‘Kissing bug’ may be heading to NJ — and it’s not cute!
A dangerous parasitic illness that can damage your heart has been spreading across the United States, and soon it could be detected in New Jersey.
Chagas disease, which has been diagnosed in 300,000 people in 30 states, is spread by the triatomine insect, known as the "kissing bug." It already has spread to Pennsylvania and experts fear New Jersey could be next.
“What they tend to do is they like to go for the face, hence the name kissing bug, and they will bite you on the face or around the eye,” said Dr. Ted Louie, an infectious disease expert with the Medical Society of New Jersey.
The parasite trypanosoma cruzi, which causes Chagas disease, is actually spread through the feces of the kissing bug, which may be rubbed into the wound that is caused by the insect biting you.
“Oftentimes, one of the classic signs is that you get swelling above your eye, and then there’s an acute illness, which is fever and muscle aches," Louie said.
Other early symptoms can include fatigues, a rash and headache.
Dr. Rachana Kulkarni, a New Jersey cardiologist with the American Heart Association, said many people who may get Chagas don’t experience symptoms until years later.
“The most common conditions are cardiomyopathy, which is the heart kind of gets ballooned, and then the parasite starts killing the heart muscle and it leads to heart failure.”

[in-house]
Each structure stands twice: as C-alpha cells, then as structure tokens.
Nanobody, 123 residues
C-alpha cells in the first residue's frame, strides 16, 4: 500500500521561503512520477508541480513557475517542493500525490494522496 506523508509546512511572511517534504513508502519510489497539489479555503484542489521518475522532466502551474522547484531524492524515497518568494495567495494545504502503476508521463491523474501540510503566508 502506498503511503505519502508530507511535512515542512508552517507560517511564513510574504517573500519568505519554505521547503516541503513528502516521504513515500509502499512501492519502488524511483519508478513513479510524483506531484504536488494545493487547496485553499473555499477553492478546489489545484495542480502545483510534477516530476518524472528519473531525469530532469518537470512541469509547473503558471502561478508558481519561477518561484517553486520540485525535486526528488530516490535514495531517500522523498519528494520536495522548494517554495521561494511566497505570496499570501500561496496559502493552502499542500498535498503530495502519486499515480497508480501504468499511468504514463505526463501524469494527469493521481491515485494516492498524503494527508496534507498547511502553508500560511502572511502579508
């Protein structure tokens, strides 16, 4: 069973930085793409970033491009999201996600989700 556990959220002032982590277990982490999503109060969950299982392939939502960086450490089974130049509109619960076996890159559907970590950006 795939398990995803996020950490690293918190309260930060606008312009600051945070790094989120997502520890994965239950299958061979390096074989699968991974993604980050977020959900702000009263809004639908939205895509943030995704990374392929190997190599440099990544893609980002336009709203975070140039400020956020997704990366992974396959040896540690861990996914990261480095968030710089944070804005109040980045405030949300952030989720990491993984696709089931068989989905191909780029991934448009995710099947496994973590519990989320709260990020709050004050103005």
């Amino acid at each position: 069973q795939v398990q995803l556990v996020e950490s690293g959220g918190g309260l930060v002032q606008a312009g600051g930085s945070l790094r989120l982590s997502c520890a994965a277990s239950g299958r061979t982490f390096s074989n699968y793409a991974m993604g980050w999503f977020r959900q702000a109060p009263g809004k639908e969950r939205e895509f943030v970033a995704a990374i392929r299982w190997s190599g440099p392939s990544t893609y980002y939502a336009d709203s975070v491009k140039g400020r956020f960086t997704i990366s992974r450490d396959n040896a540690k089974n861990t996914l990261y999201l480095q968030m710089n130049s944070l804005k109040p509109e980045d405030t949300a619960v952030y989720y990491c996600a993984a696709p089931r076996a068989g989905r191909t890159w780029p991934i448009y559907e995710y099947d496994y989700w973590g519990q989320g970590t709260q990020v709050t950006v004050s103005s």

She said the parasite will start replacing the heart muscle with scar tissue and this can lead to an aneurysm. Patients can have irregular and sometimes fatal heart rhythms.
For decades, Chagas was typically found in Central and South America but it is now spreading here.
“We need to instill screening processes, and clinicians and physicians need to be aware of this so it can be treated properly," Kulkarni said.
Louie said if you live in a modern house or apartment, the chances of getting Chagas are slim, but if you spend time in more rural areas or if you go camping, the risk increases.
He said if you suspect you might have been bitten by a kissing bug you should seek medical help as soon as possible because different anti-parasitic medications have been shown to have a good success rate.
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You can contact reporter David Matthau at David.Matthau@townsquaremedia.com